A South African panel recommended the country gradually implement a basic income grant, beginning with the institutionalisation of a monthly welfare payment introduced last year to offset damage wrought by the coronavirus pandemic.
“There is no alternative to a system of income support for income-compromised adults from the ages of 18-59 as a permanent part of the social protection framework,” Alex van den Heever, the chair of social security systems administration and management studies at the University of Witwatersrand and a member of the panel, said Monday.
The panel was appointed by the Department of Social Development, the International Labor Organization and the United Nations-backed Joint Sustainable Development Goals Fund.
The monthly welfare payment of R350 ($21.82), which was reintroduced after civil unrest in July, is set to end in March.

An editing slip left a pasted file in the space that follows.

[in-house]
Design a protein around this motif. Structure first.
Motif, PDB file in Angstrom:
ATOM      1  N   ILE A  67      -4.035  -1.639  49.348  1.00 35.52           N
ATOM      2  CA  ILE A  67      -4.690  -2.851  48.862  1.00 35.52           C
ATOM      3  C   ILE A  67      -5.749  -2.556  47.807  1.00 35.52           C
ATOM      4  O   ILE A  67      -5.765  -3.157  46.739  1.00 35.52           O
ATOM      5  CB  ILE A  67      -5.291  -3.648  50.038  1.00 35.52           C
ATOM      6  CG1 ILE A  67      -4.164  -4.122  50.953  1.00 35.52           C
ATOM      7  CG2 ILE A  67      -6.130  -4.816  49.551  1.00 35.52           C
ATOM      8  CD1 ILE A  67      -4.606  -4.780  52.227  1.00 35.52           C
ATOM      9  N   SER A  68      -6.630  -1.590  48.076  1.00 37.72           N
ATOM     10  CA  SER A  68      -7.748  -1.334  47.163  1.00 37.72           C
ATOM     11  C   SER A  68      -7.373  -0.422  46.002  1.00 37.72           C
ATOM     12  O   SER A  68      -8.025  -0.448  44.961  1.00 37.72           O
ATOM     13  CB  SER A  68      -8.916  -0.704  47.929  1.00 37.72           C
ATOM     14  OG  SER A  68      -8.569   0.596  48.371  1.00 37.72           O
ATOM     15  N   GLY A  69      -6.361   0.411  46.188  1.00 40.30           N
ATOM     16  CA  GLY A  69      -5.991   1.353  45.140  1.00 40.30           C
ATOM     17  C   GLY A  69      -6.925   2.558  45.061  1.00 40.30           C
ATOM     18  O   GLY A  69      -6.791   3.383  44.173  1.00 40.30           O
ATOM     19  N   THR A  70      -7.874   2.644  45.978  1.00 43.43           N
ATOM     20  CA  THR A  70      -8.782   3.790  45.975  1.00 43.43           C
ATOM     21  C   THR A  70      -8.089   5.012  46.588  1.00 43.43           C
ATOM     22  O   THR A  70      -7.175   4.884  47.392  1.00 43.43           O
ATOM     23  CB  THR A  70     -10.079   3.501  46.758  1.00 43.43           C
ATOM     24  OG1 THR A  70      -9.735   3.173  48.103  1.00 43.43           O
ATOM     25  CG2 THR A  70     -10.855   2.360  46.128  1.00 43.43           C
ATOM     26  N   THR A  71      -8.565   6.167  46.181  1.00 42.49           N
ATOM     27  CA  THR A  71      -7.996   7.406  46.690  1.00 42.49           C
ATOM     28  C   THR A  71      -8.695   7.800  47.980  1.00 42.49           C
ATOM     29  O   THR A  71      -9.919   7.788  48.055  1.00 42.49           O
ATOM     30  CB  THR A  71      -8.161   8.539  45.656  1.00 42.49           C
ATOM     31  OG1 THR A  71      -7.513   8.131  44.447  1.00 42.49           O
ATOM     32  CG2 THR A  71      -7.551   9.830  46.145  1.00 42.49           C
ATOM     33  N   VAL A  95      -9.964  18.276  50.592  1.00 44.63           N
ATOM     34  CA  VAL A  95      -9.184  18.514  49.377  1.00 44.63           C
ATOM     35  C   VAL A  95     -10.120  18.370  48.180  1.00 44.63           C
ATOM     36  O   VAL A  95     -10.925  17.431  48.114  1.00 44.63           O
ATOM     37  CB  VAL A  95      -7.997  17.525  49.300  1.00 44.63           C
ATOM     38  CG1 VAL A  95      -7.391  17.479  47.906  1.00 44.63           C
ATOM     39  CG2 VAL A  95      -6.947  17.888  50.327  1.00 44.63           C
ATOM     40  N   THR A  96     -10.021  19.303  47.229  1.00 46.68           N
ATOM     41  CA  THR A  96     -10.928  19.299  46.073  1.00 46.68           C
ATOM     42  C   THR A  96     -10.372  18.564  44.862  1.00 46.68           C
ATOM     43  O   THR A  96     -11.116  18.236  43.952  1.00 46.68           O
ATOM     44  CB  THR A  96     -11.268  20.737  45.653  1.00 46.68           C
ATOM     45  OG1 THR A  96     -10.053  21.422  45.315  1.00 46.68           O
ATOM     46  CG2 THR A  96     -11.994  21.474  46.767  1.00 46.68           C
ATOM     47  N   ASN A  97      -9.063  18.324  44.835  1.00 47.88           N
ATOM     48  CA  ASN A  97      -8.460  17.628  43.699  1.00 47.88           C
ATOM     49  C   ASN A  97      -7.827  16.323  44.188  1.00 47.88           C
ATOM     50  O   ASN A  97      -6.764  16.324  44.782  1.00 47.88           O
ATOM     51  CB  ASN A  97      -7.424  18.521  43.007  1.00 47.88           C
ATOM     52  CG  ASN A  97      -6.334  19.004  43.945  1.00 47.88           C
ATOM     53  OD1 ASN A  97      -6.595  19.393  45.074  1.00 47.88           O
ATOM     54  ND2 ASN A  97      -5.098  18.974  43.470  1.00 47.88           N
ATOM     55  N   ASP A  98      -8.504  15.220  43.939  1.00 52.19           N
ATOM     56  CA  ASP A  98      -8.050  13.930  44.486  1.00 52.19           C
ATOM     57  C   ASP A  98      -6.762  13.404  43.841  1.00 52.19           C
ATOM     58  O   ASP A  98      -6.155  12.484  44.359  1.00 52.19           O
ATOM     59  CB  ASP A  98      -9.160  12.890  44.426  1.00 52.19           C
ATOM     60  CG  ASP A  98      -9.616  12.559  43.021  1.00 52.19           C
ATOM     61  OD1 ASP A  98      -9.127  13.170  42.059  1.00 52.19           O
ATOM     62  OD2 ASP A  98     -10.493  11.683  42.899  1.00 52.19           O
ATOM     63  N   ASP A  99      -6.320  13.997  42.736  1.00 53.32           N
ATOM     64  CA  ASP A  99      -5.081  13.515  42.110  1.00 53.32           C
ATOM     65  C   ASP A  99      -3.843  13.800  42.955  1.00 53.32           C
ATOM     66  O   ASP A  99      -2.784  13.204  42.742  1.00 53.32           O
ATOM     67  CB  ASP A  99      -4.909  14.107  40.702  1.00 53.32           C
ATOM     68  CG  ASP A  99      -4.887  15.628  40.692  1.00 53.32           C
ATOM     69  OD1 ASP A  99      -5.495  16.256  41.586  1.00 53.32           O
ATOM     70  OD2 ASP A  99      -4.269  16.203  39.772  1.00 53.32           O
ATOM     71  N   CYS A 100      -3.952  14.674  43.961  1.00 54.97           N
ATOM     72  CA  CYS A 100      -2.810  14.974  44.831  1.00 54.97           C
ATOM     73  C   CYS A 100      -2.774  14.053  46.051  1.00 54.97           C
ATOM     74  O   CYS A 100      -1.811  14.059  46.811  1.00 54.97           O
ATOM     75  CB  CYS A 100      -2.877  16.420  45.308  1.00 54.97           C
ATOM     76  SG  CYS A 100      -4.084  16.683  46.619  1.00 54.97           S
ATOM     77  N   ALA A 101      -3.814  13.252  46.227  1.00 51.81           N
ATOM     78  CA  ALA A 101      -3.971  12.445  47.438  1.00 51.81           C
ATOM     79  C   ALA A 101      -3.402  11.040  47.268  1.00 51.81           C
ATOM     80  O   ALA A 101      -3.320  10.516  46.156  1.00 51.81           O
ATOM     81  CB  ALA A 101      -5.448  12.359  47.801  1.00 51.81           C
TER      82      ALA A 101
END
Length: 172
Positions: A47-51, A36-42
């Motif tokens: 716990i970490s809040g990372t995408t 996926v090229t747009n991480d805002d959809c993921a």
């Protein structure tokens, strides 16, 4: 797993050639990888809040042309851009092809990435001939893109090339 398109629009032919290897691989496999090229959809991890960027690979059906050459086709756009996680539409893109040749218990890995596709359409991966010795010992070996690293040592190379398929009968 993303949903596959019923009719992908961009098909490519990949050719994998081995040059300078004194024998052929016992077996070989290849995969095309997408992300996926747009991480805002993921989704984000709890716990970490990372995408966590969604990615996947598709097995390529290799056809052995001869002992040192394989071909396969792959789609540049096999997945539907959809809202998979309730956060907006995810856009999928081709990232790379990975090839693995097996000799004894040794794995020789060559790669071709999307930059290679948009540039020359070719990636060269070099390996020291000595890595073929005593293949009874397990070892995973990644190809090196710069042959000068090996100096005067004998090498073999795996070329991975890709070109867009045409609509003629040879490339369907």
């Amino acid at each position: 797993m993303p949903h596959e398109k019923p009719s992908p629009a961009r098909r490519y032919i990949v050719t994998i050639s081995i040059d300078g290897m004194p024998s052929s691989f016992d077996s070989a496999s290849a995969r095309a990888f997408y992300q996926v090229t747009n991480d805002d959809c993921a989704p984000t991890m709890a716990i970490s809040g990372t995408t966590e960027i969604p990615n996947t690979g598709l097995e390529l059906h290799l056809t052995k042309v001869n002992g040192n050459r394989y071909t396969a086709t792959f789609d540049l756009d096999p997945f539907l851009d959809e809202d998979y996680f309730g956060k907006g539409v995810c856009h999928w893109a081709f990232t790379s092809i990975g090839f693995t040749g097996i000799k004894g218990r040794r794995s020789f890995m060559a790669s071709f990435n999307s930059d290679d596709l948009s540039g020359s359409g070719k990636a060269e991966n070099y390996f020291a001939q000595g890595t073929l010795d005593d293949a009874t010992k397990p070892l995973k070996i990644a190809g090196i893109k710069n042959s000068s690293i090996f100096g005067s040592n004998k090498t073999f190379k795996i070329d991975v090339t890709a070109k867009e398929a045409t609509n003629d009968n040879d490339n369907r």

Finance Minister Enoch Godongwana last month resisted calls by civil-society groups for increased welfare spending and for the introduction of a basic income grant – a policy business organizations say is unaffordable. The National Treasury has said it will only set aside additional funds for social relief if state finances improve by February.
While about 18 million South Africans, or a third of the population, receive welfare payments, most of those come in the form of old-age pensions and child support payments.
South Africa is the world’s most unequal nation, according to the Thomas Piketty-backed World Inequality Lab.